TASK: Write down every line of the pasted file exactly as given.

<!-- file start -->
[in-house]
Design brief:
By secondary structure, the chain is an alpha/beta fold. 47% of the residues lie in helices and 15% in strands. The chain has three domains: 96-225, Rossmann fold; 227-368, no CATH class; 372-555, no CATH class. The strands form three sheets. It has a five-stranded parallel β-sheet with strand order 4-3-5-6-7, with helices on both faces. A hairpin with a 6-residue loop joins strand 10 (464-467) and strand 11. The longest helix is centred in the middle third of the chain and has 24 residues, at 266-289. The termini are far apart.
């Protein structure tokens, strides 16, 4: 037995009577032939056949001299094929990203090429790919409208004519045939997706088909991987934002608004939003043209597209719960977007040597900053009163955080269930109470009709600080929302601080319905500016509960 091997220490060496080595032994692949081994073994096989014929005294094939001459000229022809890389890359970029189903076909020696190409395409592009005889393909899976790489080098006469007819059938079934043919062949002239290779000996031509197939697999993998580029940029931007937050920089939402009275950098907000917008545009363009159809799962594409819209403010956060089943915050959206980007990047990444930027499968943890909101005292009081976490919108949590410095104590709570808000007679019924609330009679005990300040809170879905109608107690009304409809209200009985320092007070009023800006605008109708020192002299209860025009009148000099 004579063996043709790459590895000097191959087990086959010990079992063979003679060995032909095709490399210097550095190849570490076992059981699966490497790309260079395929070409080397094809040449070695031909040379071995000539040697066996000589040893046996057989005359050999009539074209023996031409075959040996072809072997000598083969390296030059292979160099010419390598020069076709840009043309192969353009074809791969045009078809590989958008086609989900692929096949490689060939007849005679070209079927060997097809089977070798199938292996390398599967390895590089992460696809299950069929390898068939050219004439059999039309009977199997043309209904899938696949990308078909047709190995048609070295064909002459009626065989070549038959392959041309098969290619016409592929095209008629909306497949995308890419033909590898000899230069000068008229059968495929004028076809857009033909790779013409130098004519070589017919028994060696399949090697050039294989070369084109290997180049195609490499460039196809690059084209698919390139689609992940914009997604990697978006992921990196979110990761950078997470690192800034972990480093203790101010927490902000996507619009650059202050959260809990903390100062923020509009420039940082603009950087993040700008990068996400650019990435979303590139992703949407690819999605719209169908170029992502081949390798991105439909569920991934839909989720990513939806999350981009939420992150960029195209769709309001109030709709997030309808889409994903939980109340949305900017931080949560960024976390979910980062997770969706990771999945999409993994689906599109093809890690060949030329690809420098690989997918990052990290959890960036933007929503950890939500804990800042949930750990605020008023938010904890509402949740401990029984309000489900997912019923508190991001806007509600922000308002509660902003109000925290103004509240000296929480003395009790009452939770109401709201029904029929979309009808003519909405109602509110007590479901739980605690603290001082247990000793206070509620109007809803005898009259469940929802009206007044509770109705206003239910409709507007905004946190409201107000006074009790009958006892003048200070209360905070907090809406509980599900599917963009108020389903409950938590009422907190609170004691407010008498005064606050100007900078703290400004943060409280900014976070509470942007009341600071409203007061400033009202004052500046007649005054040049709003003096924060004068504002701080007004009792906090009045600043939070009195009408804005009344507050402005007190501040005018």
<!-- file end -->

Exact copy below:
[in-house]
Design brief:
By secondary structure, the chain is an alpha/beta fold. 47% of the residues lie in helices and 15% in strands. The chain has three domains: 96-225, Rossmann fold; 227-368, no CATH class; 372-555, no CATH class. The strands form three sheets. It has a five-stranded parallel β-sheet with strand order 4-3-5-6-7, with helices on both faces. A hairpin with a 6-residue loop joins strand 10 (464-467) and strand 11. The longest helix is centred in the middle third of the chain and has 24 residues, at 266-289. The termini are far apart.
């Protein structure tokens, strides 16, 4: 037995009577032939056949001299094929990203090429790919409208004519045939997706088909991987934002608004939003043209597209719960977007040597900053009163955080269930109470009709600080929302601080319905500016509960 091997220490060496080595032994692949081994073994096989014929005294094939001459000229022809890389890359970029189903076909020696190409395409592009005889393909899976790489080098006469007819059938079934043919062949002239290779000996031509197939697999993998580029940029931007937050920089939402009275950098907000917008545009363009159809799962594409819209403010956060089943915050959206980007990047990444930027499968943890909101005292009081976490919108949590410095104590709570808000007679019924609330009679005990300040809170879905109608107690009304409809209200009985320092007070009023800006605008109708020192002299209860025009009148000099 004579063996043709790459590895000097191959087990086959010990079992063979003679060995032909095709490399210097550095190849570490076992059981699966490497790309260079395929070409080397094809040449070695031909040379071995000539040697066996000589040893046996057989005359050999009539074209023996031409075959040996072809072997000598083969390296030059292979160099010419390598020069076709840009043309192969353009074809791969045009078809590989958008086609989900692929096949490689060939007849005679070209079927060997097809089977070798199938292996390398599967390895590089992460696809299950069929390898068939050219004439059999039309009977199997043309209904899938696949990308078909047709190995048609070295064909002459009626065989070549038959392959041309098969290619016409592929095209008629909306497949995308890419033909590898000899230069000068008229059968495929004028076809857009033909790779013409130098004519070589017919028994060696399949090697050039294989070369084109290997180049195609490499460039196809690059084209698919390139689609992940914009997604990697978006992921990196979110990761950078997470690192800034972990480093203790101010927490902000996507619009650059202050959260809990903390100062923020509009420039940082603009950087993040700008990068996400650019990435979303590139992703949407690819999605719209169908170029992502081949390798991105439909569920991934839909989720990513939806999350981009939420992150960029195209769709309001109030709709997030309808889409994903939980109340949305900017931080949560960024976390979910980062997770969706990771999945999409993994689906599109093809890690060949030329690809420098690989997918990052990290959890960036933007929503950890939500804990800042949930750990605020008023938010904890509402949740401990029984309000489900997912019923508190991001806007509600922000308002509660902003109000925290103004509240000296929480003395009790009452939770109401709201029904029929979309009808003519909405109602509110007590479901739980605690603290001082247990000793206070509620109007809803005898009259469940929802009206007044509770109705206003239910409709507007905004946190409201107000006074009790009958006892003048200070209360905070907090809406509980599900599917963009108020389903409950938590009422907190609170004691407010008498005064606050100007900078703290400004943060409280900014976070509470942007009341600071409203007061400033009202004052500046007649005054040049709003003096924060004068504002701080007004009792906090009045600043939070009195009408804005009344507050402005007190501040005018």